Tooth Erosion Causes and Prevention
By Andrew Mortensen, DDS on December 15, 2012
Tooth erosion, the wearing away of enamel, is responsible for a number of dental problems including tooth discoloration, decay, and pain. When it comes to tooth erosion, prevention is key. Fountain Valley cosmetic dentist Andrew G. Mortensen offers these useful tips on preventing tooth erosion.
What Causes Tooth Erosion?
In order to prevent tooth erosion it is important to understand what causes this condition. Essentially, tooth erosion is caused by the wearing away of the tooth enamel through exposure to acids or friction. The tooth enamel is a hard, protective coating on the outer layer of the teeth. Enamel protects the next layer of the tooth, called the dentin, the part of the teeth that gives them their color. The dentin is full of small tubules that reach to the nerve of the teeth. When these tubules are exposed through tooth erosion, the nerves can be irritated by hot or cold foods, and left vulnerable to infection - all resulting in pain.
The specific causes of tooth erosion include:
- Plaque: Plaque is made up of food particles, saliva, bacteria, and acid from bacterial digestion. When plaque is left on the teeth, the acids in the plaque work to dissolve the enamel.
- Highly acidic, sugary, or starchy diets: Exposure to acid is one of the number one causes of tooth erosion. Acid dissolves enamel and leaves the teeth vulnerable to decay. Diets rich in acidic foods and drinks, like soft drinks and citrus, increase your risk for tooth erosion. Diets heavy in sugars and starches are another major culprit for tooth erosion. Sugars and starches increase plaque formation, which erodes the teeth.
- Gastrointestinal problems: Gastrointestinal problems, such as acid reflux, can cause erosion by allowing stomach acids to come in contact with the teeth.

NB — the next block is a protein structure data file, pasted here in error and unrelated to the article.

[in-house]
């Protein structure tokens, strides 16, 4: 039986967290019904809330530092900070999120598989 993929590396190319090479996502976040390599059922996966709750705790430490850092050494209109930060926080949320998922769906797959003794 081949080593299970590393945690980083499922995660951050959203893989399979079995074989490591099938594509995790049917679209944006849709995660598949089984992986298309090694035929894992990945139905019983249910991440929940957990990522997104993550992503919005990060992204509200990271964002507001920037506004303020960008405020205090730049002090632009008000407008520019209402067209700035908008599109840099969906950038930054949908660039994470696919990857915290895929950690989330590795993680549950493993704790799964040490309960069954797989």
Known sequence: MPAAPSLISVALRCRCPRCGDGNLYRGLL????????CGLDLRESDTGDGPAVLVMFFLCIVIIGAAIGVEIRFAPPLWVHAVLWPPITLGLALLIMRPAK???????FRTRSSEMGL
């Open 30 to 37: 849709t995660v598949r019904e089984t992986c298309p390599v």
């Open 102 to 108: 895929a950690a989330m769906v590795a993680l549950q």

- Vomiting frequently: Like gastrointestinal problems, vomiting brings corrosive stomach acid into contact with the teeth. Frequent vomiting, as with excessive alcohol consumption or bulimia, is very damaging to the teeth.
- Dry mouth: Dry mouth, a condition of low saliva production, increases the risk of tooth erosion since saliva is important to help wash away food and acids from the teeth.
- Friction caused by aggressive tooth brushing: The friction of brushing your teeth too roughly can wear down the enamel.
- Teeth grinding: Teeth grinding is another cause of erosion involving friction. Often, teeth grinding wears away the biting areas of the teeth, leaving the teeth vulnerable to decay.
- Stress fractures: Everyday biting and chewing can create stress fractures in our teeth. These small fractures disrupt the continuity of the enamel and allow bacteria and acids to more easily erode the teeth.
Preventing Tooth Erosion
Preventing tooth erosion is vital to ensuring your oral health. Here are some ways you can decrease your risk of tooth erosion.
- Practice good oral hygiene. In addition to seeing your dentist regularly, brush at least twice a day and floss once a day.
- Avoid food and drinks high in acid, sugar, and starches. Because foods high in acid, sugar, and starches increase the likelihood of erosion, try cutting back or avoiding such foods all together.
- Use a straw when drinking soft drinks. Drinking with a straw helps liquids bypass your teeth.
- Drink water regularly. Water helps wash away food and drink remnants, and it neutralizes acid.
- Use dental products with fluoride. Use toothpaste and mouth wash with fluoride. Fluoride replaces minerals in our teeth, adding strength and reducing tooth erosion.
Treating Tooth Erosion
Tooth erosion should not be left untreated. Once enamel is lost it can only be repaired through dental treatments. For our patients in Fountain Valley, dental crowns and porcelain veneers are viable options for tooth erosion. Schedule an appointment with Dr. Mortensen to see which treatments are best for you.
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“I am proud to have served patients in our community. Through continuing education and state-of-the-art equipment, we are able to offer you and your family the high level of care you're looking for.” Andrew G. Mortensen, D.D.S.